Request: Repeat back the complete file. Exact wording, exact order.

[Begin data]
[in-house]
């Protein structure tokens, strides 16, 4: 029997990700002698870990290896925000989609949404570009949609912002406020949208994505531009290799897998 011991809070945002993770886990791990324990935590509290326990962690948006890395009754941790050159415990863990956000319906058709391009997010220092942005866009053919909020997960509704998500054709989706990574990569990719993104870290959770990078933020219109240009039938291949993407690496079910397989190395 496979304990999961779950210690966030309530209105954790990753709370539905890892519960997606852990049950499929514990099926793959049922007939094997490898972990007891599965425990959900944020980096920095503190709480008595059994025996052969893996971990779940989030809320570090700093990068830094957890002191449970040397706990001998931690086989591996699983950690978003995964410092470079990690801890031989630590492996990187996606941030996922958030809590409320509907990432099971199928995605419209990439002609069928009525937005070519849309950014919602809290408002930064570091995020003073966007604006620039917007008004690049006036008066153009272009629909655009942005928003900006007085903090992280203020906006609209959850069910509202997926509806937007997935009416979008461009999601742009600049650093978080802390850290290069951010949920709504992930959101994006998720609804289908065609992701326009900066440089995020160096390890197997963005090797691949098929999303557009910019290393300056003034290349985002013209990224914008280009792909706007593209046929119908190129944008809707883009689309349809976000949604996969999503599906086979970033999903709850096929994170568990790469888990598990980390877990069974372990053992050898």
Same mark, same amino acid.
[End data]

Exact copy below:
[in-house]
């Protein structure tokens, strides 16, 4: 029997990700002698870990290896925000989609949404570009949609912002406020949208994505531009290799897998 011991809070945002993770886990791990324990935590509290326990962690948006890395009754941790050159415990863990956000319906058709391009997010220092942005866009053919909020997960509704998500054709989706990574990569990719993104870290959770990078933020219109240009039938291949993407690496079910397989190395 496979304990999961779950210690966030309530209105954790990753709370539905890892519960997606852990049950499929514990099926793959049922007939094997490898972990007891599965425990959900944020980096920095503190709480008595059994025996052969893996971990779940989030809320570090700093990068830094957890002191449970040397706990001998931690086989591996699983950690978003995964410092470079990690801890031989630590492996990187996606941030996922958030809590409320509907990432099971199928995605419209990439002609069928009525937005070519849309950014919602809290408002930064570091995020003073966007604006620039917007008004690049006036008066153009272009629909655009942005928003900006007085903090992280203020906006609209959850069910509202997926509806937007997935009416979008461009999601742009600049650093978080802390850290290069951010949920709504992930959101994006998720609804289908065609992701326009900066440089995020160096390890197997963005090797691949098929999303557009910019290393300056003034290349985002013209990224914008280009792909706007593209046929119908190129944008809707883009689309349809976000949604996969999503599906086979970033999903709850096929994170568990790469888990598990980390877990069974372990053992050898």
Same mark, same amino acid.